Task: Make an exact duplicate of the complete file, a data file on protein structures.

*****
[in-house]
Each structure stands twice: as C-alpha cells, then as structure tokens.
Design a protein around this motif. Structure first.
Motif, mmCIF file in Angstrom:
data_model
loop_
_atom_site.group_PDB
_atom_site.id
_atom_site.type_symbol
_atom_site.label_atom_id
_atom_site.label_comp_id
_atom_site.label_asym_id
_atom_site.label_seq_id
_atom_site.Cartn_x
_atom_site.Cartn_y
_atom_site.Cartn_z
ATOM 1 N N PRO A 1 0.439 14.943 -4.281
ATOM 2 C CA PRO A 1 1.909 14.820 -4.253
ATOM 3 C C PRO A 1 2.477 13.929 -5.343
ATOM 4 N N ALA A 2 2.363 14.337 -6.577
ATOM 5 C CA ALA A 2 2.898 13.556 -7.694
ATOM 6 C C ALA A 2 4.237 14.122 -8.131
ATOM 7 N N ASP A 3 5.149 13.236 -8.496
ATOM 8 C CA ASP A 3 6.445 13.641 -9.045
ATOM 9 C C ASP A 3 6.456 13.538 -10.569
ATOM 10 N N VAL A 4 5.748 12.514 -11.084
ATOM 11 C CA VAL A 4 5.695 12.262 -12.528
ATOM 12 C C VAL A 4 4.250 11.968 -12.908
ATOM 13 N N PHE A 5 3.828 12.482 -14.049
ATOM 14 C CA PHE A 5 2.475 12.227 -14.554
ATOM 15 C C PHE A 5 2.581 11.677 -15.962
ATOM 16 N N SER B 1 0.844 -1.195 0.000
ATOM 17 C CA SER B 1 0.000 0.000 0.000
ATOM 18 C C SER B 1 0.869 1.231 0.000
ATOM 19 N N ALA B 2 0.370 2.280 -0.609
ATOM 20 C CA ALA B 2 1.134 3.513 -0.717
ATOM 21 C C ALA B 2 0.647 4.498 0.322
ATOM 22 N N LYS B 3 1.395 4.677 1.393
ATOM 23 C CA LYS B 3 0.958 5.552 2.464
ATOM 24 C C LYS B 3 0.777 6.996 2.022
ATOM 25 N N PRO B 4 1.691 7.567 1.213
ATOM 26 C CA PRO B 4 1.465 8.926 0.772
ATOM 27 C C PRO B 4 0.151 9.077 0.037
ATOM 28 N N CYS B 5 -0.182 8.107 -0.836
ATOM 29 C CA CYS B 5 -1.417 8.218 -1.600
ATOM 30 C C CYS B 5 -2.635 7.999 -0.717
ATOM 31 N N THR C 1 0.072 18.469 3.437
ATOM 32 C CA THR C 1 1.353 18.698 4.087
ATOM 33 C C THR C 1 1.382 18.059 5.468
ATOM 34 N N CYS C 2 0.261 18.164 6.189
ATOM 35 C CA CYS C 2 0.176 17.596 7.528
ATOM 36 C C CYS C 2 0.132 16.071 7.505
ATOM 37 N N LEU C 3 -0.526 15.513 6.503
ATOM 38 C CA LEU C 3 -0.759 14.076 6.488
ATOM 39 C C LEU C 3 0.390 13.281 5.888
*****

[in-house]
Each structure stands twice: as C-alpha cells, then as structure tokens.
Design a protein around this motif. Structure first.
Motif, mmCIF file in Angstrom:
data_model
loop_
_atom_site.group_PDB
_atom_site.id
_atom_site.type_symbol
_atom_site.label_atom_id
_atom_site.label_comp_id
_atom_site.label_asym_id
_atom_site.label_seq_id
_atom_site.Cartn_x
_atom_site.Cartn_y
_atom_site.Cartn_z
ATOM 1 N N PRO A 1 0.439 14.943 -4.281
ATOM 2 C CA PRO A 1 1.909 14.820 -4.253
ATOM 3 C C PRO A 1 2.477 13.929 -5.343
ATOM 4 N N ALA A 2 2.363 14.337 -6.577
ATOM 5 C CA ALA A 2 2.898 13.556 -7.694
ATOM 6 C C ALA A 2 4.237 14.122 -8.131
ATOM 7 N N ASP A 3 5.149 13.236 -8.496
ATOM 8 C CA ASP A 3 6.445 13.641 -9.045
ATOM 9 C C ASP A 3 6.456 13.538 -10.569
ATOM 10 N N VAL A 4 5.748 12.514 -11.084
ATOM 11 C CA VAL A 4 5.695 12.262 -12.528
ATOM 12 C C VAL A 4 4.250 11.968 -12.908
ATOM 13 N N PHE A 5 3.828 12.482 -14.049
ATOM 14 C CA PHE A 5 2.475 12.227 -14.554
ATOM 15 C C PHE A 5 2.581 11.677 -15.962
ATOM 16 N N SER B 1 0.844 -1.195 0.000
ATOM 17 C CA SER B 1 0.000 0.000 0.000
ATOM 18 C C SER B 1 0.869 1.231 0.000
ATOM 19 N N ALA B 2 0.370 2.280 -0.609
ATOM 20 C CA ALA B 2 1.134 3.513 -0.717
ATOM 21 C C ALA B 2 0.647 4.498 0.322
ATOM 22 N N LYS B 3 1.395 4.677 1.393
ATOM 23 C CA LYS B 3 0.958 5.552 2.464
ATOM 24 C C LYS B 3 0.777 6.996 2.022
ATOM 25 N N PRO B 4 1.691 7.567 1.213
ATOM 26 C CA PRO B 4 1.465 8.926 0.772
ATOM 27 C C PRO B 4 0.151 9.077 0.037
ATOM 28 N N CYS B 5 -0.182 8.107 -0.836
ATOM 29 C CA CYS B 5 -1.417 8.218 -1.600
ATOM 30 C C CYS B 5 -2.635 7.999 -0.717
ATOM 31 N N THR C 1 0.072 18.469 3.437
ATOM 32 C CA THR C 1 1.353 18.698 4.087
ATOM 33 C C THR C 1 1.382 18.059 5.468
ATOM 34 N N CYS C 2 0.261 18.164 6.189
ATOM 35 C CA CYS C 2 0.176 17.596 7.528
ATOM 36 C C CYS C 2 0.132 16.071 7.505
ATOM 37 N N LEU C 3 -0.526 15.513 6.503
ATOM 38 C CA LEU C 3 -0.759 14.076 6.488
ATOM 39 C C LEU C 3 0.390 13.281 5.888